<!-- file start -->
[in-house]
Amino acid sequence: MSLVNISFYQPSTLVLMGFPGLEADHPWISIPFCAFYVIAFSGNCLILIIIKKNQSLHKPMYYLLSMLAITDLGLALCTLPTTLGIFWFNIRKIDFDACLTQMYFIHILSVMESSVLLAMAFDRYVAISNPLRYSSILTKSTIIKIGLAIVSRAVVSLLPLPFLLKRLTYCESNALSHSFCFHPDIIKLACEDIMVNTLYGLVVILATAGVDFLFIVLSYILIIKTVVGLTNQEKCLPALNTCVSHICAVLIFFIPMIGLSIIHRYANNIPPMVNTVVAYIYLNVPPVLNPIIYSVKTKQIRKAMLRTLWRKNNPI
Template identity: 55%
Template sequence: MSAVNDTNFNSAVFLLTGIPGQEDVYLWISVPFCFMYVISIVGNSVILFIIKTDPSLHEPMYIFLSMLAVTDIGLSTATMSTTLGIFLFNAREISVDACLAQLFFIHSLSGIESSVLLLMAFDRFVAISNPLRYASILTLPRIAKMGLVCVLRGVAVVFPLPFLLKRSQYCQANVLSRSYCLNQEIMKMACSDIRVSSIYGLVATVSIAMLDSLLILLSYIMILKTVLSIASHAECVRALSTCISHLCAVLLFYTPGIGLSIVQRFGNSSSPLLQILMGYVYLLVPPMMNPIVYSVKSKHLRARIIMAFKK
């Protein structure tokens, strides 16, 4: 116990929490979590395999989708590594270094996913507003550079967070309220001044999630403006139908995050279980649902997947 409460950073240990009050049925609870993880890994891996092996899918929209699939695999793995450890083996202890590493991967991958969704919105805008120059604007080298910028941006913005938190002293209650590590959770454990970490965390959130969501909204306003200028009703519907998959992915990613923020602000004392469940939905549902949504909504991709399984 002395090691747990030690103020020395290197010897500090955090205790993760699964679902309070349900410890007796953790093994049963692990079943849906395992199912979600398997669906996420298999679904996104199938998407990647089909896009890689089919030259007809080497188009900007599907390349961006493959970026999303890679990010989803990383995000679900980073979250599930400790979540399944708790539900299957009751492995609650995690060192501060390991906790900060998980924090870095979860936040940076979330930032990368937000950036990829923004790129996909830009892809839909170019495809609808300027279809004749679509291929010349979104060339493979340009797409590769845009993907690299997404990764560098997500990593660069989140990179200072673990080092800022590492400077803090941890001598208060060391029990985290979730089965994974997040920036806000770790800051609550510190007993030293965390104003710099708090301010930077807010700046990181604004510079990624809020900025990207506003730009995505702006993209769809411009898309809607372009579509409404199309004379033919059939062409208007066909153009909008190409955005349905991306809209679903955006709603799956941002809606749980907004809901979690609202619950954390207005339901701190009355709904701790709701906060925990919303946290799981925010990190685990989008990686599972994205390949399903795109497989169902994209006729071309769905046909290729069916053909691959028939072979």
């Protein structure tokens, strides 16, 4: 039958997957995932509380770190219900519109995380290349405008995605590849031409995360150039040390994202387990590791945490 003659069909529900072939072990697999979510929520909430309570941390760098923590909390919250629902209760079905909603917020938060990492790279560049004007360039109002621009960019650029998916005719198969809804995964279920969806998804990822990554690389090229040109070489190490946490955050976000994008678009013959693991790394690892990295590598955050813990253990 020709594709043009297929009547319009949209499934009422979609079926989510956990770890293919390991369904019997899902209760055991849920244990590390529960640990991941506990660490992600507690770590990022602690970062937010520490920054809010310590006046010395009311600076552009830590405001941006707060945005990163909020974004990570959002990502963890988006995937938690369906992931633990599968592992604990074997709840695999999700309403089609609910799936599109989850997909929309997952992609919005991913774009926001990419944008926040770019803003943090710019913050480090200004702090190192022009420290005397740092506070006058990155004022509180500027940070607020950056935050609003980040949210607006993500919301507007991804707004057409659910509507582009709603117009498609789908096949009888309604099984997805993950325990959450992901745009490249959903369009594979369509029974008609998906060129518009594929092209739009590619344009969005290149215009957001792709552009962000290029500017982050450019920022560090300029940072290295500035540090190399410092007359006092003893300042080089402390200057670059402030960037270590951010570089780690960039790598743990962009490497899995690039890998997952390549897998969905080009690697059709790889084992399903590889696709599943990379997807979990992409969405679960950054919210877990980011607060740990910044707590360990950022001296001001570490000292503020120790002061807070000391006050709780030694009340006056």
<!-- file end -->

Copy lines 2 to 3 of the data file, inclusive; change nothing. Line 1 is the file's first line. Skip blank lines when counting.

Amino acid sequence: MSLVNISFYQPSTLVLMGFPGLEADHPWISIPFCAFYVIAFSGNCLILIIIKKNQSLHKPMYYLLSMLAITDLGLALCTLPTTLGIFWFNIRKIDFDACLTQMYFIHILSVMESSVLLAMAFDRYVAISNPLRYSSILTKSTIIKIGLAIVSRAVVSLLPLPFLLKRLTYCESNALSHSFCFHPDIIKLACEDIMVNTLYGLVVILATAGVDFLFIVLSYILIIKTVVGLTNQEKCLPALNTCVSHICAVLIFFIPMIGLSIIHRYANNIPPMVNTVVAYIYLNVPPVLNPIIYSVKTKQIRKAMLRTLWRKNNPI
Template identity: 55%